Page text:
Film Review: Sofia Coppola’s Latest, The Beguiled, Gazes Subtly at Desire

Photo courtesy of Focus Features I’m not going to get into another discussion about how frustrating it is when a filmmaker remakes a well-regarded film, and then all people do after they watch it is compare it to the previous work. Presumably a filmmaker like Sofia Coppola (who also wrote the adaptation), saw the 1971 Don Siegel-Clint Eastwood film (or more likely read Thomas Cullinan’s novel) and saw an opportunity to tell this Civil War-set story in a way that had not been done prior. She’s not just tracing over the original with a new cast. Coppola (The Virgin Suicides, Lost in Translation, The Bling Ring) has spotted a way she can change the emphasis while remaining faithful to the source material, and the result is a tense, electric, riveting work anchored by some of the finest performances I’ve seen all year. The 1971 version of The Beguiled is one of my absolute favorite Eastwood films because it came at time when he rarely played vulnerable. And while for most of the film, he dominates every scene, he’s still injured to the point where he needs the assistance of a group of women occupying a Southern girls’ boarding school that has seen better days. Siegel’s movie is an exercise in control, seduction and temptation, most of which is supplied by Eastwood’s Northern soldier who has been severely injured. But in Coppola’s take on the material, Corp. McBurney (Colin Farrell, using his real-life Irish brogue appropriately since many immigrants were paid to take the place of rich men on the battlefield) is more of a gateway drug for these women and girls. Whereas Eastwood provided the male gaze from which the story was told originally, Coppola’s The Beguiled is more about the women, and how McBurney’s presence in their school triggers dreams and desires (not all of them sexual, but some) within a few that they had long since pushed aside when the war between the states began. Nicole Kidman plays Miss Martha, the head of the school, who seems the most aware of the true dangers of having a man, any man, in their presence. But she’s also a good Christian woman who agrees that the best course of action when the Corp. lands just outside of their fence is to heal his wounds and then turn him over the Southern forces. As she gets to talking to McBurney, she sees his potential as both a handy person to have around the property, an intellectual equal, and a good conversationalist. Photo courtesy of Focus Features Farrell’s work here should not be undervalued. He makes subtle adjustments to his personality with each new woman or girl he comes into contact with. For example, with the girl who found him in the first place, the young Amy (Oona Laurence from Pete’s Dragon), he appeals to her as a friend and confidante. But with the older Edwina (a transcendent Kirsten Dunst), he spots in her both longing and frustration for a different life. She makes the mistake of letting him know that she dreams of leaving the school—and likely the South—for a better life elsewhere, and he urges her to think of him as her ticket to exactly that life. In many ways, Edwina is the centerpiece of the film and the character with the deepest arc as her emotions are run ragged by both the Corporal and the other women. After playing a host of more sensitive characters in recent works, it’s fun to see Elle Fanning take a crack at a more traditional dangerous woman character. Her Alicia more overtly throws herself at McBurney, not necessarily because she’s attracted to him but because she’s bored and looking for a little excitement. She’s either doesn’t see or doesn’t care about the dangers associated with stirring things up among the women in the school. Although the film is set during the Civil War, the events inside the walls of the dilapidated estate feel as removed from the battles outside as you can imagine, even though there’s a constant, faint rumbling from faraway cannons. The curtains throughout the house are always drawn, even during the day, creating haunting lighting opportunities for Coppola and cinematographer Philippe Le Sourd (who recently lensed Wong Kar-Wai’s The Grandmaster), taking full advantage of a great deal of candle and natural lighting, adding an extra layer of eerie to this Gothic tale. Photo courtesy of Focus Features Certainly the idea of a having a group of laced-up, frustrated women all quietly fighting over which one gets the full attention of a handsomely rough soldier is the stuff of many a bodice-ripping romance novel, but Coppola (who won the Best Director prize at Cannes this year) doesn’t let us off that easy. This version of The Beguiled is about turning the tables and making the women just a little bit more aware than this would-be playboy. Enough of them have his number to thwart him before any real damage is done, and if you know this story at all, you know a couple things about how they deal with his deceit and treachery. The film is smart, subtle, quiet and, above all, remarkable in its patience and pacing. The slow unveiling of how life in this fragile place will be maintained is both clever and brutal—two more words that accurately describe the movie. It’s also proof that Coppola is getting bolder and better with each new work, with a fierce devotion to not repeating herself in terms of subject or tone. This is one of the finest works of the year so far, and I highly urge you to make room for it before the big movies swallow it up. The film opens today at the Landmark Century Center Cinema.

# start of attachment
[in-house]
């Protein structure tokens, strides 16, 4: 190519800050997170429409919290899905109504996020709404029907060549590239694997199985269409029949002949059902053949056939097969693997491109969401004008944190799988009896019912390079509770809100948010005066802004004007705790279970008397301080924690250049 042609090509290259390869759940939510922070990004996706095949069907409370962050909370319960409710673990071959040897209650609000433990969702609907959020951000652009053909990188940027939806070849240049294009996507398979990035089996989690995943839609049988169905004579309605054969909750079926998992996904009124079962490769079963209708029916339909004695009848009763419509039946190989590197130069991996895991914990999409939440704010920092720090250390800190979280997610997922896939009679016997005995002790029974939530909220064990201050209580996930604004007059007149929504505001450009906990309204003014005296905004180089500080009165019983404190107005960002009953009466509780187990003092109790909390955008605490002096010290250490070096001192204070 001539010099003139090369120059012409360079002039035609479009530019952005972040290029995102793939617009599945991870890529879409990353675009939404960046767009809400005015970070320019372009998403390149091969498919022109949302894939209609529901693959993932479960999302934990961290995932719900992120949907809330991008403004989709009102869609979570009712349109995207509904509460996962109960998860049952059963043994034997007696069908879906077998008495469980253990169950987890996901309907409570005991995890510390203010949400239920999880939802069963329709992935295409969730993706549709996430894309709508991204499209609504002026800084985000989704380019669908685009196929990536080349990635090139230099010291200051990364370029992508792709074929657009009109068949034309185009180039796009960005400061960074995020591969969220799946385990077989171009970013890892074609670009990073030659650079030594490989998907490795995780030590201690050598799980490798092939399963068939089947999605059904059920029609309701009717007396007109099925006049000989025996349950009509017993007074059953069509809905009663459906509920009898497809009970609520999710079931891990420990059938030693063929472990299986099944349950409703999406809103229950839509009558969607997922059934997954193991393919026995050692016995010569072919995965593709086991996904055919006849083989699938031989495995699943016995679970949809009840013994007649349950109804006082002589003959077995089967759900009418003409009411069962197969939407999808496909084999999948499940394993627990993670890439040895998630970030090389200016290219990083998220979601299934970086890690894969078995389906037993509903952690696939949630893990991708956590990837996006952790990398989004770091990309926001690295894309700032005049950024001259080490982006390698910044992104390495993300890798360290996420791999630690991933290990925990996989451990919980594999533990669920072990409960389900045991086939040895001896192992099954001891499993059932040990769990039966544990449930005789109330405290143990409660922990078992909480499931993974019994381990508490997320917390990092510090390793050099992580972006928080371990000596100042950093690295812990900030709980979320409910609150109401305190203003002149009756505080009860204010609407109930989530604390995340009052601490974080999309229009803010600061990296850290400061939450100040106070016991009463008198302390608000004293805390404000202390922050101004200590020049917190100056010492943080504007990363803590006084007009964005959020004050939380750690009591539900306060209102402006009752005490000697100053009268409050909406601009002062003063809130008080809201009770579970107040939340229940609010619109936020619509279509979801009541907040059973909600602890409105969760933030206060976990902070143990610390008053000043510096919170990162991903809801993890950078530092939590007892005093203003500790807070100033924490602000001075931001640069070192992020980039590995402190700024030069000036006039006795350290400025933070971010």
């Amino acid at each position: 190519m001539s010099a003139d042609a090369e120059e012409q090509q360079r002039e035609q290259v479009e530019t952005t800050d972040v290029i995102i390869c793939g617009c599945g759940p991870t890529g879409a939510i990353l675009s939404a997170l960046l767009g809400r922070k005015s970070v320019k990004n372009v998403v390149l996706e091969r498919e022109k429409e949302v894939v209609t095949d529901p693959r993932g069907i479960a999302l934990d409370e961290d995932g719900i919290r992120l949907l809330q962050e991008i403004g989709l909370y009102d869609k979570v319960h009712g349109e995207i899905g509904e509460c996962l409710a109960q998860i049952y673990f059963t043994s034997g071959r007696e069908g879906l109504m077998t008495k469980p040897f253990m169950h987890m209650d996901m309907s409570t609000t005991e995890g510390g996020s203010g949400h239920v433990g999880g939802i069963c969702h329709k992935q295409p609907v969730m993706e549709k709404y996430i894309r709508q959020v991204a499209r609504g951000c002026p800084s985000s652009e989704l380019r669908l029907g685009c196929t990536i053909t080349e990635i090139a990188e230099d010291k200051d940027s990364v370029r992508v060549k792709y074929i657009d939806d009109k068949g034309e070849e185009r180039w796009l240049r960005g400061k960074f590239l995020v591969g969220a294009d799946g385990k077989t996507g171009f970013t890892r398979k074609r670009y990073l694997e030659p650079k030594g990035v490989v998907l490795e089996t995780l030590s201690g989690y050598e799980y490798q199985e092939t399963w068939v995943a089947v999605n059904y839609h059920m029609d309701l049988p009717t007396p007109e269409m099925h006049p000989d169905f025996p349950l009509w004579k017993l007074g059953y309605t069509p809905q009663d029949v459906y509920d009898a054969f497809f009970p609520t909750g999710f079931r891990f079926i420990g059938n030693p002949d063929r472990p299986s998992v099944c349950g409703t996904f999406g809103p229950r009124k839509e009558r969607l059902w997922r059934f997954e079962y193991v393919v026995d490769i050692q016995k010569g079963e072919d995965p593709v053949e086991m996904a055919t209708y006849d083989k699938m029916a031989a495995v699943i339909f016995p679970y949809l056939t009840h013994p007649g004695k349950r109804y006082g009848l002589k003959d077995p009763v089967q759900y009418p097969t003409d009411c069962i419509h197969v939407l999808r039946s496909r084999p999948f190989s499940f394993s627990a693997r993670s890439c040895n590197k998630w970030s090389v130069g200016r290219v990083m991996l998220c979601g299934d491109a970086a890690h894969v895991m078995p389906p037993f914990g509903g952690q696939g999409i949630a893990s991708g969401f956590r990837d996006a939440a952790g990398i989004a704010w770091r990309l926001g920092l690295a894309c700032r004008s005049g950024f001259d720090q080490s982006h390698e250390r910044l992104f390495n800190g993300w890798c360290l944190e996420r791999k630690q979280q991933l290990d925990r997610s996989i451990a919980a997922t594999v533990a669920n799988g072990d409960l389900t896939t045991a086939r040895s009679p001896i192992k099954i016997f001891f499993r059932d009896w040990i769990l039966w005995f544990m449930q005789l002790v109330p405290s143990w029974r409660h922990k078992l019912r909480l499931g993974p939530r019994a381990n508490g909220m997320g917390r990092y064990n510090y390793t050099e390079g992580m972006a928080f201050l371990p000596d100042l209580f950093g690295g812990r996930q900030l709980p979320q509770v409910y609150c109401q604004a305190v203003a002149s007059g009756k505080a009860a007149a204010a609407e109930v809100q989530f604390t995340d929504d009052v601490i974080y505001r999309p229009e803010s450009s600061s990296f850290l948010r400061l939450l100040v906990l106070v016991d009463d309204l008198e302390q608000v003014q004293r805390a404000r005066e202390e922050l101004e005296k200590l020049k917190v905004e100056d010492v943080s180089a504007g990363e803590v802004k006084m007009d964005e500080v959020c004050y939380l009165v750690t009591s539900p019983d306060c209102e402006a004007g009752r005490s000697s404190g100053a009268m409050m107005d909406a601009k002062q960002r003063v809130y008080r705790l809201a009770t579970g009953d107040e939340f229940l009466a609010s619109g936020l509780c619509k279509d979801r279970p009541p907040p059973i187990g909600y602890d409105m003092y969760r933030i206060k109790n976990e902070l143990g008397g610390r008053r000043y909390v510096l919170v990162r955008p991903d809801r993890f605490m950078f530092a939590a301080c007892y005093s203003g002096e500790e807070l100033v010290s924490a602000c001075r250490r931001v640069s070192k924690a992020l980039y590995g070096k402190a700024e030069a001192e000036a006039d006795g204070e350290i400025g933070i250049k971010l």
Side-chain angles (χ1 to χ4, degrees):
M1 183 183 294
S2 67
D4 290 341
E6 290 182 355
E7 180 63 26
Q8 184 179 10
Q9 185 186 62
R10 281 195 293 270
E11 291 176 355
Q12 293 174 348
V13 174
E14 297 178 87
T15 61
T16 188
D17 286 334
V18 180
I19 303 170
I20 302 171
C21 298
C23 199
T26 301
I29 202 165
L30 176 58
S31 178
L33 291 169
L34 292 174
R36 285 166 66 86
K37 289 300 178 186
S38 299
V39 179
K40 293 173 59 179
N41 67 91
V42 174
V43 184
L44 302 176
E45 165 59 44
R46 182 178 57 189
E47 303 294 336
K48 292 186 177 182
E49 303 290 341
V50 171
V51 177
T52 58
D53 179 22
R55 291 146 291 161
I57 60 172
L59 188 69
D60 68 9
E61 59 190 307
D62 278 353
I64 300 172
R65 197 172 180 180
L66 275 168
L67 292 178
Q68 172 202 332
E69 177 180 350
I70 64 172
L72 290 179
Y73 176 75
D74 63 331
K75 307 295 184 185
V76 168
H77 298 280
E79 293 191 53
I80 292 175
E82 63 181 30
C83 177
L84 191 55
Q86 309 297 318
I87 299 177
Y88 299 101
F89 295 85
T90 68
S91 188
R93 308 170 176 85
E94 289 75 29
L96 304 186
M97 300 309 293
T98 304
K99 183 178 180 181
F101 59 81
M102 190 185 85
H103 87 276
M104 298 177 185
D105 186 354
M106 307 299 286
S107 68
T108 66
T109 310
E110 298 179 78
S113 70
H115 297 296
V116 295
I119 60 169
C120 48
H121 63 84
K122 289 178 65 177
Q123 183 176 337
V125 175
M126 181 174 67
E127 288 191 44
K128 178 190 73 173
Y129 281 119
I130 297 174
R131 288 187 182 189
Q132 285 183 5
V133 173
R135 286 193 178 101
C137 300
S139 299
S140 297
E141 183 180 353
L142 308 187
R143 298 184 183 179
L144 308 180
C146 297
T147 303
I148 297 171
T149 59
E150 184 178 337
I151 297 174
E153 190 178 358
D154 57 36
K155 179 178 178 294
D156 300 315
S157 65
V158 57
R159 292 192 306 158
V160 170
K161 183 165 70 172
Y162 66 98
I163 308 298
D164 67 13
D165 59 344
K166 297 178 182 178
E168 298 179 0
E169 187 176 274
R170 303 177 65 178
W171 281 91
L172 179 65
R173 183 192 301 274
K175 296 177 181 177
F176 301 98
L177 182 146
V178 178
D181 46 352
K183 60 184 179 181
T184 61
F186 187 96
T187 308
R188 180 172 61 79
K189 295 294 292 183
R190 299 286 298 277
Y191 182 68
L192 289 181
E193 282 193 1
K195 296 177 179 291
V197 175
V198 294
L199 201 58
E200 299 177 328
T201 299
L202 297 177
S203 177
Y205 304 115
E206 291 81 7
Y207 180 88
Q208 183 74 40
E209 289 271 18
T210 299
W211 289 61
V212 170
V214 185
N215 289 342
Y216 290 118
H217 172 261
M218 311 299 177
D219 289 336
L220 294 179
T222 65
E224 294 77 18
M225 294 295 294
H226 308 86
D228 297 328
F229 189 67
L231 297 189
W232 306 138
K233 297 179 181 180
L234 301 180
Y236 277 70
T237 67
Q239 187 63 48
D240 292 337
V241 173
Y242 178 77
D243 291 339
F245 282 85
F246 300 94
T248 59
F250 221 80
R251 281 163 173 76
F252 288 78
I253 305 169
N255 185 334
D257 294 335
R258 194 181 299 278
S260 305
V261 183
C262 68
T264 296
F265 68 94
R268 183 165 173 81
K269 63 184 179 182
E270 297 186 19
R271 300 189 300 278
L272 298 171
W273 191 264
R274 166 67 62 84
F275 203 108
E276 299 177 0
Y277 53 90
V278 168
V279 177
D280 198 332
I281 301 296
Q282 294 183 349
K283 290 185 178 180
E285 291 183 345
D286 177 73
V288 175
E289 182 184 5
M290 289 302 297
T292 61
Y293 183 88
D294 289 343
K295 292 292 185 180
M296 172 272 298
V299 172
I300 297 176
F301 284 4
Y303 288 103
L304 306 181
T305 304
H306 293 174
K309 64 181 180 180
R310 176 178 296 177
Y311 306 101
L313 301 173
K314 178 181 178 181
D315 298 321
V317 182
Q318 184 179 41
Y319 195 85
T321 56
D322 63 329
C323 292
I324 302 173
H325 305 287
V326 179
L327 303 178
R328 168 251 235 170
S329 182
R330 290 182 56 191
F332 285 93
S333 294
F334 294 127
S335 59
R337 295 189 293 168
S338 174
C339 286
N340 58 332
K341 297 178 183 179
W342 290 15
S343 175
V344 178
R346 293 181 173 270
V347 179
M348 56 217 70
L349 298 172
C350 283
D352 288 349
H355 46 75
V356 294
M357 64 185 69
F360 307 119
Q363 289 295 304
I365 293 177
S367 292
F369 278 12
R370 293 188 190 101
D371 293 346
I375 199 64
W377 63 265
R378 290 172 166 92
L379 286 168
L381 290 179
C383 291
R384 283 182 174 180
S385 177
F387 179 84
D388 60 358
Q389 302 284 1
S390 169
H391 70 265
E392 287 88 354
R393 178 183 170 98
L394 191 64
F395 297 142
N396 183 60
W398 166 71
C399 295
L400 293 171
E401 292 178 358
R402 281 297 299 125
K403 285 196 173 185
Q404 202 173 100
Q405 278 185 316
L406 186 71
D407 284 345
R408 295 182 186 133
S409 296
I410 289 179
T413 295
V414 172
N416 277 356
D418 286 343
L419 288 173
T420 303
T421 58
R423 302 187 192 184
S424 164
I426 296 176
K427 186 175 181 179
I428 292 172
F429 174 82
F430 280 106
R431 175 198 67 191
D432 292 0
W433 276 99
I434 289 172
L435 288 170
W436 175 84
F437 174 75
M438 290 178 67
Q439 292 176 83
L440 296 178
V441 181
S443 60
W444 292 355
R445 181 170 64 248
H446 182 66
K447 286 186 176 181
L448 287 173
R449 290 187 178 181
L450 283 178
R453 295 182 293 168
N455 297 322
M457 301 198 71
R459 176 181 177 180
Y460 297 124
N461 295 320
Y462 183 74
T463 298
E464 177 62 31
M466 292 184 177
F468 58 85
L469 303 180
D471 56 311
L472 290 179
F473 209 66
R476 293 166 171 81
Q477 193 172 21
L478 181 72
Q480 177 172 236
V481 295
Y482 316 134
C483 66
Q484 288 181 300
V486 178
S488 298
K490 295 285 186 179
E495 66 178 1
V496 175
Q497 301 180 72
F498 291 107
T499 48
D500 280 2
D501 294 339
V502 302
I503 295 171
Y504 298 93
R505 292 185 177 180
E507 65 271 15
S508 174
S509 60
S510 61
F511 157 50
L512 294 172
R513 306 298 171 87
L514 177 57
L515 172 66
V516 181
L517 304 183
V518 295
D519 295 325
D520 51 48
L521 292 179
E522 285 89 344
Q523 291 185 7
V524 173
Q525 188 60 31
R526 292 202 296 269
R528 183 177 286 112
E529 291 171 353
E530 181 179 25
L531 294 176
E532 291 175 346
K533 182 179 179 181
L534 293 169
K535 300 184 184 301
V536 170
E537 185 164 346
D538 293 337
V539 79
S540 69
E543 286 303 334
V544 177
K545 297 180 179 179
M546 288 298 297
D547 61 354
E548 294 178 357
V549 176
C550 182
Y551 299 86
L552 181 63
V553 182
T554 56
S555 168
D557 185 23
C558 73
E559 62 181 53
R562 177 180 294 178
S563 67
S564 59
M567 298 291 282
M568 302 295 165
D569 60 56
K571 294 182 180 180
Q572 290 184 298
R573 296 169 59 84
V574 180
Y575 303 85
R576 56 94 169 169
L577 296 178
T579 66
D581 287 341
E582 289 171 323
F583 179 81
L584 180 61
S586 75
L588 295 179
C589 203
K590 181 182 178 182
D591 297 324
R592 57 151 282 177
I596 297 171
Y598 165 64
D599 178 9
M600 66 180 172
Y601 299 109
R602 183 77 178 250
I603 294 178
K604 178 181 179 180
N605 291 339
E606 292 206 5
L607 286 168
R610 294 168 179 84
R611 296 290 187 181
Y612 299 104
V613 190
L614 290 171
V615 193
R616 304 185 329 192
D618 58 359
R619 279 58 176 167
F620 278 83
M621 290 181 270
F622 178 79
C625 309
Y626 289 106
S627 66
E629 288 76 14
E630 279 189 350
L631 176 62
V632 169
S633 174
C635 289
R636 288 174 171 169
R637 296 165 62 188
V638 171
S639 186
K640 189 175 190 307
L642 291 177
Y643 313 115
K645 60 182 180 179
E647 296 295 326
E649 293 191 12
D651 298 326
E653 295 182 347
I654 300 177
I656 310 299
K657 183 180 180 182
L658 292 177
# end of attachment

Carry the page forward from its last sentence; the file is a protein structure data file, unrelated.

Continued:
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Steve Prokopy

Steve Prokopy is chief film critic for the Chicago-based arts outlet Third Coast Review. For nearly 20 years, he was the Chicago editor for Ain’t It Cool News, where he contributed film reviews and filmmaker/actor interviews under the name “Capone.” Currently, he’s a frequent contributor at /Film ( and Backstory Magazine. He is also the public relations director for Chicago's independently owned Music Box Theatre, and holds the position of Vice President for the Chicago Film Critics Association. In addition, he is a programmer for the Chicago Critics Film Festival, which has been one of the city's most anticipated festivals since 2013.